For the month of April, stock prices measured by the S&P 500 nudged incrementally higher, up 0.27%, and are now in 1.74% above where they finished 2015. These modest numbers mask a lot of price movement, speculative news flow and investor angst during the first third of the year.
Recently, the market has been shape shifting. For example, after a long period when growth stocks outperformed value stocks, the tide has turned. The S&P 500 growth ETF (IVW) is -0.74% for the year, while the S&P 500 value ETF (IVE) is 4.23%. The spread in favor of value is even greater for the mid cap and the small cap segments. And dividends are the thing, today, as the DJ Dividend ETF (DVY) is up an eye opening 10% year to date. This is a sudden and complete reversal of the trend in 2015 when the growth IVW returned 5.37% while the value IVE returned a -3.29%.
There are multiple reasons for the u-turn in the return characteristics of the market. Core CPI is in the 2% range, and holding. With the US 10-year Treasury currently in the 1.8% range, the real yield is negative, pushing investors to own higher yielding assets, including dividend paying stocks. Dividends are generally taxed at a much lower rate than traditional fixed income, increasing the appeal.
Another reason is investors are generally bearish, marginally outnumbering bullish investors, as measured by the American Association of Individual Investors. This bearishness in conjunction with a declining Consumer Sentiment Index does not historically represent a lot of upside for stock prices. The numbers are leading investors’ intent on staying in the market to lower their perceived risk, by owning dividends and stocks with lower valuation metrics.
Seasonality often comes up this time of year – the May through September window is historically not the most profitable. In my opinion, the old wives tale to sell in May is not actionable. While returns are generally lower, they are also generally positive. In addition, it’s difficult to justify realizing capital gains (paying taxes on profits) to buffer some near term volatility, when in fact these are stocks with attractive long term growth potential.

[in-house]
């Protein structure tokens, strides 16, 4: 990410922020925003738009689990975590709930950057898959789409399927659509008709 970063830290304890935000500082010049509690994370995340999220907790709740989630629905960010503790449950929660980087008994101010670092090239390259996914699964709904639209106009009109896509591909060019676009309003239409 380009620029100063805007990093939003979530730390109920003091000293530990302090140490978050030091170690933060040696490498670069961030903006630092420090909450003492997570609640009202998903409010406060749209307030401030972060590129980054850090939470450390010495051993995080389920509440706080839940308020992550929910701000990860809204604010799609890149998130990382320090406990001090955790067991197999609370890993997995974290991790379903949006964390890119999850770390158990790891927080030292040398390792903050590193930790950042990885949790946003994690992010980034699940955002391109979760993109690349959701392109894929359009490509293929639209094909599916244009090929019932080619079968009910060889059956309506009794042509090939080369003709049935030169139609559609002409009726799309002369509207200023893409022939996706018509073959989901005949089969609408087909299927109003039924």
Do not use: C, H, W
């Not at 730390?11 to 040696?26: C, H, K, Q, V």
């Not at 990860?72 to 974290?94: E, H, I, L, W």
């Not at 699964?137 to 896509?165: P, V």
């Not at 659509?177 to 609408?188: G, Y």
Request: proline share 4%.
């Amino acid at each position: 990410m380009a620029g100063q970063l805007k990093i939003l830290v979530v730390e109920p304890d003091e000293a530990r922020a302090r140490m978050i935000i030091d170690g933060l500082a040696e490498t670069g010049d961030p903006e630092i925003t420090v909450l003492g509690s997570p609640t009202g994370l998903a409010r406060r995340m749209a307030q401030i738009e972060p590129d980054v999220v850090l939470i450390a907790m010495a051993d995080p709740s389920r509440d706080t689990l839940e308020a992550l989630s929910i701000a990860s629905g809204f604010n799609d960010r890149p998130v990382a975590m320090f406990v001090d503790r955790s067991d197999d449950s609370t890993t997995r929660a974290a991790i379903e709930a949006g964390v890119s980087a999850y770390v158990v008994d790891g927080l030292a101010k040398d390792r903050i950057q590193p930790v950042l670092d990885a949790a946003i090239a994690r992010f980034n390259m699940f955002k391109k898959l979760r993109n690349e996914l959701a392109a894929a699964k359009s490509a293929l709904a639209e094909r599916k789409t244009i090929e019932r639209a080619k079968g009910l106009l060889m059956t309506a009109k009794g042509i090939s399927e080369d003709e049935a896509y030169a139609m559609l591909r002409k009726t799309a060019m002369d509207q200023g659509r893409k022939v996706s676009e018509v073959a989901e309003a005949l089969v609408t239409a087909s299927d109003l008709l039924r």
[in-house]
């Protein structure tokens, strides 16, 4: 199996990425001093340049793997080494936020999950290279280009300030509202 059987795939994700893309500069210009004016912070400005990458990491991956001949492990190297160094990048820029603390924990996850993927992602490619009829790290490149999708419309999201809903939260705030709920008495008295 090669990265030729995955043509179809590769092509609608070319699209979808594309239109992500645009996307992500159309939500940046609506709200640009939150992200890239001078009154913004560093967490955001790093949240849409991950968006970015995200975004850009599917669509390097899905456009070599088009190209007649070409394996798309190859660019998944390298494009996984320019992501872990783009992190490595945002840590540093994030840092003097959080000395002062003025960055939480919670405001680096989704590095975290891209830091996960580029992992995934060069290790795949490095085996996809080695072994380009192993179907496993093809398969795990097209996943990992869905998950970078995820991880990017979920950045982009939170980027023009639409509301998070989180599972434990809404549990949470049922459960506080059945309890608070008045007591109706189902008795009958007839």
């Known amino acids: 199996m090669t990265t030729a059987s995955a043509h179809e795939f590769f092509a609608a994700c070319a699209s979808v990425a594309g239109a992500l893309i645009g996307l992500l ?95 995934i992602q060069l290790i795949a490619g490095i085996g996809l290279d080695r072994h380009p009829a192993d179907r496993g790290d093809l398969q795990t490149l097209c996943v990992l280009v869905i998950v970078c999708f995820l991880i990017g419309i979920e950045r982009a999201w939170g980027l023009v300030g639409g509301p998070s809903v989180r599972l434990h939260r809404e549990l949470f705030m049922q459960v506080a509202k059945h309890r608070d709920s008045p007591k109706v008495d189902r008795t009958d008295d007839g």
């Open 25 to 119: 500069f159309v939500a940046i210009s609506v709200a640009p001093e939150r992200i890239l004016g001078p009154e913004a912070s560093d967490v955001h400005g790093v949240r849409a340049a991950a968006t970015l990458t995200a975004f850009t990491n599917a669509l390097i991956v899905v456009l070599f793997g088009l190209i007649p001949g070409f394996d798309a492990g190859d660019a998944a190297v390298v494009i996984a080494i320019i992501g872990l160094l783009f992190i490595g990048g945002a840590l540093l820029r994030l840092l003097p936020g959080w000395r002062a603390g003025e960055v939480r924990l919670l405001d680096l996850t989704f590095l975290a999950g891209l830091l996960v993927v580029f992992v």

Q1 earnings reports are coming in and by and large the results have been slightly better than expected. One exception has been large cap technology stocks (Apple, Microsoft, Alphabet) have surprised with reports below expectations. In my view, Q1 is the turning point, and I expect the trend in earnings to recover, aided by the stabilization in the US$, which had been a headwind, and from a recovery in oil prices by the end of 2016.
Some patience is key to successful investing. There have been roughly six pull-backs in stock prices since 2010. These have trampled the unhealed nerves of investors still recovering from the financial crisis. The Flash Crash in July ’10, Europe in October 2011, the Taper Tantrum in June 2013, Ebola in October 2014, China in August 2015 and Oil in February 2016. Unnerving points in time such as these reveal the importance of a solid strategy and continued monitoring of factors effecting the markets.
In that light, we have been shifting our portfolios into stocks with more value characteristics. According to Empirical Research, growth and value stocks are traditionally non-correlating. In today’s market, the focus is more on stability, and thus, the dividend as a key factor. The value tilt we are enacting is in an attempt to capture the heart of the market. According to Empirical Research, the value shift is one half complete based on historical trends. We are not jumping in with both feet, as I believe the tilt will revert later in the year.
In response to the demand for yield, we have launched two new models (Dividend 5 and 10). The intent is for them to complement a traditional growth portfolio, and act as somewhat of a replacement to traditional fixed income. We will be happy to discuss how these “sleeves” might complement your investment portfolio going forward.
Finally, with tax season behind us, we can all take a step back and assess. The shifting characteristics of the investment landscape will remain a challenge. Further, with the market regime shifting, we have taken more capital gains than is typically the case. I am happy to review these and other topics with you if we have not already done so.